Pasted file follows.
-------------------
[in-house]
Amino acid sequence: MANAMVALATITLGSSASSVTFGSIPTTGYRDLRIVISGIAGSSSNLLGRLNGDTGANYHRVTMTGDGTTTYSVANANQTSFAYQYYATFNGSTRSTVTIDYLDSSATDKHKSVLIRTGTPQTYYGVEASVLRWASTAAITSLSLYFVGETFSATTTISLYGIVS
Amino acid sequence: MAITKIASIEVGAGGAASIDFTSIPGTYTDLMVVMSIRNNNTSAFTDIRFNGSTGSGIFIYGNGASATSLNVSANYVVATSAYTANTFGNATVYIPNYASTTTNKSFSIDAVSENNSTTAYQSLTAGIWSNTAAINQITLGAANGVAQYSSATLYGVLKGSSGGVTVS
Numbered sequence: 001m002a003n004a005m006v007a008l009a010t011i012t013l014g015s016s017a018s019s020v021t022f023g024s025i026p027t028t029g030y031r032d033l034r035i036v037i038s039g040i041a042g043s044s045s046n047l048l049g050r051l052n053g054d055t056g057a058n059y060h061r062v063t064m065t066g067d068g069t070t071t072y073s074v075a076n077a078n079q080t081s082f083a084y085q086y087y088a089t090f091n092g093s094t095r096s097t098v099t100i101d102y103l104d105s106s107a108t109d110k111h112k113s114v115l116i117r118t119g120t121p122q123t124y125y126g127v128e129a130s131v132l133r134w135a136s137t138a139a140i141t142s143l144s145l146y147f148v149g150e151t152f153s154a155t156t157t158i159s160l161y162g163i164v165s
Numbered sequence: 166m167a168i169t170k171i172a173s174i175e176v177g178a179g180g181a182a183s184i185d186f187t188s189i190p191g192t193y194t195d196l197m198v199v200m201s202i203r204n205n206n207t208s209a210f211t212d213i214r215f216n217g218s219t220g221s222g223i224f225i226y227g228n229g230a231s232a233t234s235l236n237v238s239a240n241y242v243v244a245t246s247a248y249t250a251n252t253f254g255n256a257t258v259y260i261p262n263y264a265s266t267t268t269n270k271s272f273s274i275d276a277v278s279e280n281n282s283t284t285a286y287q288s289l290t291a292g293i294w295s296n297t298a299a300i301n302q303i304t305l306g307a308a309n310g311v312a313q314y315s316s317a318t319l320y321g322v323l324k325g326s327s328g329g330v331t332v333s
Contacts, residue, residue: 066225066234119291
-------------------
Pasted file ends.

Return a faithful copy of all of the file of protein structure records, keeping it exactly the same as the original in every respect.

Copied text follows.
[in-house]
Amino acid sequence: MANAMVALATITLGSSASSVTFGSIPTTGYRDLRIVISGIAGSSSNLLGRLNGDTGANYHRVTMTGDGTTTYSVANANQTSFAYQYYATFNGSTRSTVTIDYLDSSATDKHKSVLIRTGTPQTYYGVEASVLRWASTAAITSLSLYFVGETFSATTTISLYGIVS
Amino acid sequence: MAITKIASIEVGAGGAASIDFTSIPGTYTDLMVVMSIRNNNTSAFTDIRFNGSTGSGIFIYGNGASATSLNVSANYVVATSAYTANTFGNATVYIPNYASTTTNKSFSIDAVSENNSTTAYQSLTAGIWSNTAAINQITLGAANGVAQYSSATLYGVLKGSSGGVTVS
Numbered sequence: 001m002a003n004a005m006v007a008l009a010t011i012t013l014g015s016s017a018s019s020v021t022f023g024s025i026p027t028t029g030y031r032d033l034r035i036v037i038s039g040i041a042g043s044s045s046n047l048l049g050r051l052n053g054d055t056g057a058n059y060h061r062v063t064m065t066g067d068g069t070t071t072y073s074v075a076n077a078n079q080t081s082f083a084y085q086y087y088a089t090f091n092g093s094t095r096s097t098v099t100i101d102y103l104d105s106s107a108t109d110k111h112k113s114v115l116i117r118t119g120t121p122q123t124y125y126g127v128e129a130s131v132l133r134w135a136s137t138a139a140i141t142s143l144s145l146y147f148v149g150e151t152f153s154a155t156t157t158i159s160l161y162g163i164v165s
Numbered sequence: 166m167a168i169t170k171i172a173s174i175e176v177g178a179g180g181a182a183s184i185d186f187t188s189i190p191g192t193y194t195d196l197m198v199v200m201s202i203r204n205n206n207t208s209a210f211t212d213i214r215f216n217g218s219t220g221s222g223i224f225i226y227g228n229g230a231s232a233t234s235l236n237v238s239a240n241y242v243v244a245t246s247a248y249t250a251n252t253f254g255n256a257t258v259y260i261p262n263y264a265s266t267t268t269n270k271s272f273s274i275d276a277v278s279e280n281n282s283t284t285a286y287q288s289l290t291a292g293i294w295s296n297t298a299a300i301n302q303i304t305l306g307a308a309n310g311v312a313q314y315s316s317a318t319l320y321g322v323l324k325g326s327s328g329g330v331t332v333s
Contacts, residue, residue: 066225066234119291